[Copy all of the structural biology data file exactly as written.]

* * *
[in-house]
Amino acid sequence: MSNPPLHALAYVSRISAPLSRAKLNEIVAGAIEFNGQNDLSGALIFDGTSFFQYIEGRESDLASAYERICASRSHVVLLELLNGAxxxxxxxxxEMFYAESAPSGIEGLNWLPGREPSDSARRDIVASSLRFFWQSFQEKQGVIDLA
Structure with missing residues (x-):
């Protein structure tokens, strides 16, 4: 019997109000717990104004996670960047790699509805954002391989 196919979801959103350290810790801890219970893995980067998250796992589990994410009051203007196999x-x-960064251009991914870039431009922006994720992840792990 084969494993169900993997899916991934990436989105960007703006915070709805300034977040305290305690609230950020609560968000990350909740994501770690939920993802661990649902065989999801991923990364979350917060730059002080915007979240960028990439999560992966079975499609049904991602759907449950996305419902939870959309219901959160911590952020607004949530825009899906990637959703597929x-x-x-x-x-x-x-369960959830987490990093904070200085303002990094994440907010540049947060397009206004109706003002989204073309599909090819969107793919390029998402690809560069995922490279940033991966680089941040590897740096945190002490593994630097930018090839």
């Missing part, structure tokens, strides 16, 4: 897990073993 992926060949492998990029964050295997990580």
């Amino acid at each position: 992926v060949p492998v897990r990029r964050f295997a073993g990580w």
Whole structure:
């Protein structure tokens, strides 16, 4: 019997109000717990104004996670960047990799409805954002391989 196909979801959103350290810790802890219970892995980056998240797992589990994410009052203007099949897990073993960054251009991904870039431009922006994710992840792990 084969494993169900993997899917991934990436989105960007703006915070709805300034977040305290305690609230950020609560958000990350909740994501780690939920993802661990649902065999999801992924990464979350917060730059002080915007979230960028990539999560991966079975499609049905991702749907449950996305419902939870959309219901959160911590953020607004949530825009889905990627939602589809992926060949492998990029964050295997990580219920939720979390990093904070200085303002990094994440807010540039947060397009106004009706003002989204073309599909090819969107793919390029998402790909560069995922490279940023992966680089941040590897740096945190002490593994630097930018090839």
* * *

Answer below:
[in-house]
Amino acid sequence: MSNPPLHALAYVSRISAPLSRAKLNEIVAGAIEFNGQNDLSGALIFDGTSFFQYIEGRESDLASAYERICASRSHVVLLELLNGAxxxxxxxxxEMFYAESAPSGIEGLNWLPGREPSDSARRDIVASSLRFFWQSFQEKQGVIDLA
Structure with missing residues (x-):
């Protein structure tokens, strides 16, 4: 019997109000717990104004996670960047790699509805954002391989 196919979801959103350290810790801890219970893995980067998250796992589990994410009051203007196999x-x-960064251009991914870039431009922006994720992840792990 084969494993169900993997899916991934990436989105960007703006915070709805300034977040305290305690609230950020609560968000990350909740994501770690939920993802661990649902065989999801991923990364979350917060730059002080915007979240960028990439999560992966079975499609049904991602759907449950996305419902939870959309219901959160911590952020607004949530825009899906990637959703597929x-x-x-x-x-x-x-369960959830987490990093904070200085303002990094994440907010540049947060397009206004109706003002989204073309599909090819969107793919390029998402690809560069995922490279940033991966680089941040590897740096945190002490593994630097930018090839």
């Missing part, structure tokens, strides 16, 4: 897990073993 992926060949492998990029964050295997990580």
């Amino acid at each position: 992926v060949p492998v897990r990029r964050f295997a073993g990580w």
Whole structure:
């Protein structure tokens, strides 16, 4: 019997109000717990104004996670960047990799409805954002391989 196909979801959103350290810790802890219970892995980056998240797992589990994410009052203007099949897990073993960054251009991904870039431009922006994710992840792990 084969494993169900993997899917991934990436989105960007703006915070709805300034977040305290305690609230950020609560958000990350909740994501780690939920993802661990649902065999999801992924990464979350917060730059002080915007979230960028990539999560991966079975499609049905991702749907449950996305419902939870959309219901959160911590953020607004949530825009889905990627939602589809992926060949492998990029964050295997990580219920939720979390990093904070200085303002990094994440807010540039947060397009106004009706003002989204073309599909090819969107793919390029998402790909560069995922490279940023992966680089941040590897740096945190002490593994630097930018090839």